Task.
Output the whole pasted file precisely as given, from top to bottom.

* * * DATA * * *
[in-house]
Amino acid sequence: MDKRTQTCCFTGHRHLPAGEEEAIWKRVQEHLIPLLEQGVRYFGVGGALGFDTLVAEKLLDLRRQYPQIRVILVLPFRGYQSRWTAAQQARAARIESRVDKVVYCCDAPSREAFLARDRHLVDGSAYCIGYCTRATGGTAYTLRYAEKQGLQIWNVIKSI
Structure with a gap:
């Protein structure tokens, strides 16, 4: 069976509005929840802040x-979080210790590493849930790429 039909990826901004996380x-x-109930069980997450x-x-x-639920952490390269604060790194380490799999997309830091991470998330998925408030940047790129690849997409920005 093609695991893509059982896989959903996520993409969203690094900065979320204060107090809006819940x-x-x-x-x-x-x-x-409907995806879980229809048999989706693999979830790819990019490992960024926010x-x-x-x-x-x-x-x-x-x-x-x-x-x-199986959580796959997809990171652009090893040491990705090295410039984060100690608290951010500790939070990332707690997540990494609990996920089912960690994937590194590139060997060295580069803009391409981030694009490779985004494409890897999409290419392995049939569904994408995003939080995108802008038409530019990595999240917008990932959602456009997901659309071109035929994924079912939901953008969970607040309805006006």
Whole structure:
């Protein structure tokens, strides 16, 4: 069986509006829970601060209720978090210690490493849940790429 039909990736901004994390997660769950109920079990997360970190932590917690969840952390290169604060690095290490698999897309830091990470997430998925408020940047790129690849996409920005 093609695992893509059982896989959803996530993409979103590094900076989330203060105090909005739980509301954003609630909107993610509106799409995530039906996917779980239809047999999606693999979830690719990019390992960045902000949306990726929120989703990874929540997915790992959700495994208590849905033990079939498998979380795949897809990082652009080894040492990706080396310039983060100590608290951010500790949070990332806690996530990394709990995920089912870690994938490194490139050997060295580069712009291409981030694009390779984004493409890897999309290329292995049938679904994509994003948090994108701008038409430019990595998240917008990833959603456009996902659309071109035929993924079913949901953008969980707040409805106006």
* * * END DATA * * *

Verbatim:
[in-house]
Amino acid sequence: MDKRTQTCCFTGHRHLPAGEEEAIWKRVQEHLIPLLEQGVRYFGVGGALGFDTLVAEKLLDLRRQYPQIRVILVLPFRGYQSRWTAAQQARAARIESRVDKVVYCCDAPSREAFLARDRHLVDGSAYCIGYCTRATGGTAYTLRYAEKQGLQIWNVIKSI
Structure with a gap:
């Protein structure tokens, strides 16, 4: 069976509005929840802040x-979080210790590493849930790429 039909990826901004996380x-x-109930069980997450x-x-x-639920952490390269604060790194380490799999997309830091991470998330998925408030940047790129690849997409920005 093609695991893509059982896989959903996520993409969203690094900065979320204060107090809006819940x-x-x-x-x-x-x-x-409907995806879980229809048999989706693999979830790819990019490992960024926010x-x-x-x-x-x-x-x-x-x-x-x-x-x-199986959580796959997809990171652009090893040491990705090295410039984060100690608290951010500790939070990332707690997540990494609990996920089912960690994937590194590139060997060295580069803009391409981030694009490779985004494409890897999409290419392995049939569904994408995003939080995108802008038409530019990595999240917008990932959602456009997901659309071109035929994924079912939901953008969970607040309805006006």
Whole structure:
């Protein structure tokens, strides 16, 4: 069986509006829970601060209720978090210690490493849940790429 039909990736901004994390997660769950109920079990997360970190932590917690969840952390290169604060690095290490698999897309830091990470997430998925408020940047790129690849996409920005 093609695992893509059982896989959803996530993409979103590094900076989330203060105090909005739980509301954003609630909107993610509106799409995530039906996917779980239809047999999606693999979830690719990019390992960045902000949306990726929120989703990874929540997915790992959700495994208590849905033990079939498998979380795949897809990082652009080894040492990706080396310039983060100590608290951010500790949070990332806690996530990394709990995920089912870690994938490194490139050997060295580069712009291409981030694009390779984004493409890897999309290329292995049938679904994509994003948090994108701008038409430019990595998240917008990833959603456009996902659309071109035929993924079913949901953008969980707040409805106006």